By eight weeks, that was when we started noticing a difference. By this point, we had tried every herbal supplement and breastfeeding drug known to humankind. I decided to stop the supplements and drugs and focus on taking just the Chinese soup. My yield started to increase from 30 ml per session to 50 ml per session...and then to 65 ml per session...and then 80 ml per session. By six months, my daily yield was up to 1000 ml. I remember in one of my pumping sessions, I filled the bottle so much it past the highest mark on the bottle reading. I took a picture of the bottle and the hubby and I celebrated that evening. I knew we were over the hump.
I finally found a routine that worked for us. Along with drinking my Chinese soup, I pumped and gave her the bottle during the day. Over time, I delayed my pumping sessions to every three hours instead of two. I reduced my night time pumps to only once a night and we were able to start freezing excess milk. We continued this for 14 months. My favourite part of every day was putting her on the breast right before bedtime. Even though it was more of a treat than a meal, it was a moment I cherished deeply because it was the only time I got to physically bond with my daughter.
My suggestion to all breastfeeding moms out there - go with your gut and do what you think works for you. The first several months will be a rocky ride but if you stick with it, you will eventually arrive at a solution and a routine that works. My breastfeeding journey with Blythe was no walk in the park but in hindsight, this journey was a lesson that was preparing me for motherhood. What's more important to being a parent than patience? I sure learned a whole lot of that. It has shown me that everything is 'figure-outable' if you keep beating at it and that not everything 'they say' is true. It has taught me the importance of keeping my eye on the prize. At the end of the day, my goal was for my baby to be fed breastmilk. That meant putting aside my ideals of what a breastfeeding experience should be like, accepting my own body for what it can (and cannot) do and doing whatever is required of me to achieve that goal.
I wish all of you breastfeeding moms the power to stay strong and overcome your challenges. To those who feel like it is the hardest thing in the world, I can tell you that it probably is. With determination and perseverance, however, it can work for you. And if after reading this post you have things you need clarification on, feel free to send me an email. I'd be happy to share more.
Finally, I am ending this lengthy (sorry) post with a few resources that I found to be very helpful. As mentioned, we researched everything to death. Hopefully, this highly condensed list will make it easier to tackle :)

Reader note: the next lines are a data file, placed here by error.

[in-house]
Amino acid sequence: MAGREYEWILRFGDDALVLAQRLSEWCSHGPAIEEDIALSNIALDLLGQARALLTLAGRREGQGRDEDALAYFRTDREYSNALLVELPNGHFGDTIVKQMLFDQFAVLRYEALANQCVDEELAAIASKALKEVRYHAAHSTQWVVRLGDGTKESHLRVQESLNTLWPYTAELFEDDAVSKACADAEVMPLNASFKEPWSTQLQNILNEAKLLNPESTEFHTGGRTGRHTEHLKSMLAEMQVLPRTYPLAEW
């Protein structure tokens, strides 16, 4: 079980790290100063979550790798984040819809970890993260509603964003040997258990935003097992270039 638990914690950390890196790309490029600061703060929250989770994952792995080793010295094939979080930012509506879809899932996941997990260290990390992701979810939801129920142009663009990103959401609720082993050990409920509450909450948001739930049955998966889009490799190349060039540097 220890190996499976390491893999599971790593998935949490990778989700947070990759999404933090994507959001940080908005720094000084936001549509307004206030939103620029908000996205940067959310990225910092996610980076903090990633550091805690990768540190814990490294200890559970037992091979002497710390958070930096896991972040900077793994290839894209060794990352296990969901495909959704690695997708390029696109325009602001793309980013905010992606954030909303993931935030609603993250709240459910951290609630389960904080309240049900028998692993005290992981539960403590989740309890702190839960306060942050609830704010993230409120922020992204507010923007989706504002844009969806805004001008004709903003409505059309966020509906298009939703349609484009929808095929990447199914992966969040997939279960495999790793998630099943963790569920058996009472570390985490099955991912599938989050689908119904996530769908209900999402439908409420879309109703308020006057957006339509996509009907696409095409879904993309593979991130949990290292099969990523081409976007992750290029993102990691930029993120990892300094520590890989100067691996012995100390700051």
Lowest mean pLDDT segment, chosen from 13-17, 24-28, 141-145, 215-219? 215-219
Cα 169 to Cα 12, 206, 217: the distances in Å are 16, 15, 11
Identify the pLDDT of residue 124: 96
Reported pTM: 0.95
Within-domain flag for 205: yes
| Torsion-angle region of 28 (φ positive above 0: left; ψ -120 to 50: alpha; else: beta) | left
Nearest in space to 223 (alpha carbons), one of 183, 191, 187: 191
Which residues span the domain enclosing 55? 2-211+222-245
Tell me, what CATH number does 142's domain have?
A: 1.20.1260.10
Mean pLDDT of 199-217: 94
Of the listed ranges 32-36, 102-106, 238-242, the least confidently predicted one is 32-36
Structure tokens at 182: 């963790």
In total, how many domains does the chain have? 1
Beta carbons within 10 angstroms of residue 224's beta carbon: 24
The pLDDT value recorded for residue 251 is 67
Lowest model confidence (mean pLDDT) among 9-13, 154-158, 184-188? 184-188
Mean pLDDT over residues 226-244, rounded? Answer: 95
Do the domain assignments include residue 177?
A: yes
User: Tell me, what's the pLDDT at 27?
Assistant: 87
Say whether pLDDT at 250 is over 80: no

Resources I Loved!
The Chinese Soup Lady
For those who have tried all the herbs and drugs suggested by western doctors, I highly recommend you give this a try. You have to be patient though and make it a daily ritual. As mentioned, I started drinking this from day one, every day for all of 14 months. My husband doubled the ingredients and made double the quantity suggested by the recipe, and I would go through all of that in one week. Even when we were traveling and visiting family, we made an effort to stick with the soup. It was a lot of work (thanks hubby!) and definitely not as easy as just popping a tablet but it was what worked for me and was totally worth it.
This was the website I turned to for solid breastfeeding advice. I found it to be most comprehensive and addressed all types of issues, from insufficient milk supply to understanding how our body works. After reading one of her articles about how to establish milk supply, I made the decision to pump on a schedule. It was a personal struggle for me at the time because my intentions was to be able to bond with my daughter and breastfeed her directly. Everything about the birthing process was unnatural because we had an involuntary c-section. Breastfeeding was the one thing I was hoping could be natural and something, I thought, I could control. However, she was not getting what she needed from me and I knew I had to do what was best for her.
Stanford Breatfeeding Video
As I said, we watched many many tutorials and went on many many forums. This was the one video we felt was most useful in teaching us how to establish a proper latch. Included in the video are also massage techniques on how to get more milk to the baby's mouth. During the first couple of months before I decided to exclusively pump, I tried these techniques and our feeding sessions did get longer (although it was still not enough to fill up my baby).